A Union Pacific rail line in Eastern Washington has reopened after a 23-car derailment and a subsequent chemical spill and fire that left union officials raising questions about the response.
The accident was caused by a March 14 rock slide near the small Adams County community of Hooper. Thirteen of the cars derailed within a tunnel.
The fire flared two days later, March 16, followed by a controlled burn the next day of the remainder of the chemical spill. The line reopened March 21, according to Tim McMahan, a spokesman for Union Pacific.
State Department of Ecology and Adams County Emergency Management officials were not informed by Union Pacific of the sodium chlorate spill until March 16 — two days after the derailment. Still, they gave the railroad generally high marks for the cleanup.
“They responded pretty well, and did everything they needed to do,” said Jay Weise, director of Adams County Emergency Management.
But Union Pacific has come under criticism from a railroad union — the Brotherhood of Locomotive Engineers and Trainmen — whose members expressed concern about the potential for a bigger conflagration. They faulted the railroad company for not reporting the spill sooner and failing to inform the locomotive crew about the decision to conduct the controlled burn.
Sodium chlorate is often used to bleach paper pulp. When the chemical burns, it releases oxygen but also can generate lesser amounts of poisonous gases, which include chlorides and sodium oxides.
Shahraim Allen, the union’s Washington state Legislative Board chairman, said the locomotive crew was more than a half-mile from the burn site, but they could have been exposed to the smoke plume if the wind shifted.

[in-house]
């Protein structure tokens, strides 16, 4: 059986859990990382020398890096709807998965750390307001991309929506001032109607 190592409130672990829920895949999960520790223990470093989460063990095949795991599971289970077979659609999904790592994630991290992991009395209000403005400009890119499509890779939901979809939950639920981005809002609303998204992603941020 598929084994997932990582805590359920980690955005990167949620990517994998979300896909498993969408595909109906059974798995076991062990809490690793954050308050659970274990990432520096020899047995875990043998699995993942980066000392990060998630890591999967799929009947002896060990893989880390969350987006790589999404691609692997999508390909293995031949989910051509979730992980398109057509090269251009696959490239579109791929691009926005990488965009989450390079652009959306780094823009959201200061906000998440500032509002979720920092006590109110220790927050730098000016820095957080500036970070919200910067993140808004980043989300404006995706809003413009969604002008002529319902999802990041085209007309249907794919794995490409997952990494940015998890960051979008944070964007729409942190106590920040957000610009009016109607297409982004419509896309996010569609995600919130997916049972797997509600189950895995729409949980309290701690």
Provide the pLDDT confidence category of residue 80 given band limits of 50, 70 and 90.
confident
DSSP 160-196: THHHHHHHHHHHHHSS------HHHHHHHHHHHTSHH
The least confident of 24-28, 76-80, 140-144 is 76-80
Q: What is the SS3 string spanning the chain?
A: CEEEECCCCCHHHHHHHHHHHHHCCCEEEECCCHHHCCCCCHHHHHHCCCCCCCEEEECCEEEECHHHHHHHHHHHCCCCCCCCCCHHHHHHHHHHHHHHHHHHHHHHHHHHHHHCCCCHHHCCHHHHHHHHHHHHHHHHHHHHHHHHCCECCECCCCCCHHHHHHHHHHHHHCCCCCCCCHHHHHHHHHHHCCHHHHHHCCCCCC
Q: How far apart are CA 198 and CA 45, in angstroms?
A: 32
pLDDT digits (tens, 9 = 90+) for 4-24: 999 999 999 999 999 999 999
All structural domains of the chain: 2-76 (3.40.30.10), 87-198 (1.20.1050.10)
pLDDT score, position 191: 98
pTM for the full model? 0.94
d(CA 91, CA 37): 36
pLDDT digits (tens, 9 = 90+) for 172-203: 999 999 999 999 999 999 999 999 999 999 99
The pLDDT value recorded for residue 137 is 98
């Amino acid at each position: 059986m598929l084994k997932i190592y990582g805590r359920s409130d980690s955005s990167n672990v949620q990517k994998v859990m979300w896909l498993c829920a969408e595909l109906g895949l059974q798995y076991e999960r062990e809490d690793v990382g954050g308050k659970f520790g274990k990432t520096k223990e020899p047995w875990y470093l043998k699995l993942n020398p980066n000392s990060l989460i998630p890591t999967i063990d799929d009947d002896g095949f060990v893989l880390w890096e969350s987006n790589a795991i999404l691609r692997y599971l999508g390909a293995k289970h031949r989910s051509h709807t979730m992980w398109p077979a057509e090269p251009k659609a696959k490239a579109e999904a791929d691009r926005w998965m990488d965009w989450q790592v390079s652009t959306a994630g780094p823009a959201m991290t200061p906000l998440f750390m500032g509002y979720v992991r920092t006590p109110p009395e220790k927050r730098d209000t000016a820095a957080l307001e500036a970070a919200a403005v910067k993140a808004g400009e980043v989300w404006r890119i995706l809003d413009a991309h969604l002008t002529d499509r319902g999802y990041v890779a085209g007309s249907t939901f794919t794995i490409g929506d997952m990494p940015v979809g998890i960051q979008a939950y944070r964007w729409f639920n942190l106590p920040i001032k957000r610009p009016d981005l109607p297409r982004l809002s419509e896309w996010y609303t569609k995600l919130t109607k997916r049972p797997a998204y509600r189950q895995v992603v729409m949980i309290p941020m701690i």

“We had concerns conveyed from crew,” Allen said. “They should have been notified before this happened,”
The derailment occurred on the evening of March 14 on a Union Pacific line that runs from Canada south to the Columbia River Gorge, where cargo then can travel to the west side of the Cascades.
The freight train had more than 100 cars, 60 with hazardous cargo that included liquefied petroleum gases, anhydrous ammonia and methanol, according to a freight list obtained by The Seattle Times.
State Ecology Department staff arrived at the site of derailment in the pre-dawn hours of March 15. During that visit, which ended before daylight, the state responders were not told of any chemical spill — only a release of hempseed oil, according to a timeline of events developed by Ecology Department staff.
“We feel like we properly responded to the spill but plan to do a follow-up to see if there could have been improvement,” said Sandy Howard, a state Department of Ecology spokeswoman.
A spill was visible in a drone video taken March 15 by a local rancher and aired on Spokane television news. White material could be seen beside a derailed rail car.
But McMahan, the Union Pacific spokesman, said the sodium chlorate spill was not detected until March 16. That’s the day the chemical caught fire as it mixed with spilled hempseed oil while the cleanup was underway, according to the Ecology Department timeline of events.
Union Pacific contacted Adams County Fire District #7, about the fire at 7:12 p.m. March 16, and the district made a water truck available for roughly the next 24 hours, according to Fire Chief Dave Miller.
“We weren’t actually at the fire. We were about six miles away, on standby in case we were needed,” Miller said.
The initial blaze produced a billowing smoke cloud that on the evening of March 16 could be seen several miles away in Hooper, where an acrid smell hung in the air, according to Mary Sherman McGregor, a former resident who had returned that weekend for a visit.
Crews extinguished the flames March 16, but the material was still smoldering, according to the state Ecology Department.
Union Pacific, after consulting about the sodium chlorate, then decided to conduct the controlled burn, mixing the chemical with wood to intensify the fire and reduce the threat of reignition, according to the Ecology Department.
The controlled burn took place March 17 and was completed by that evening, according to the Ecology Department.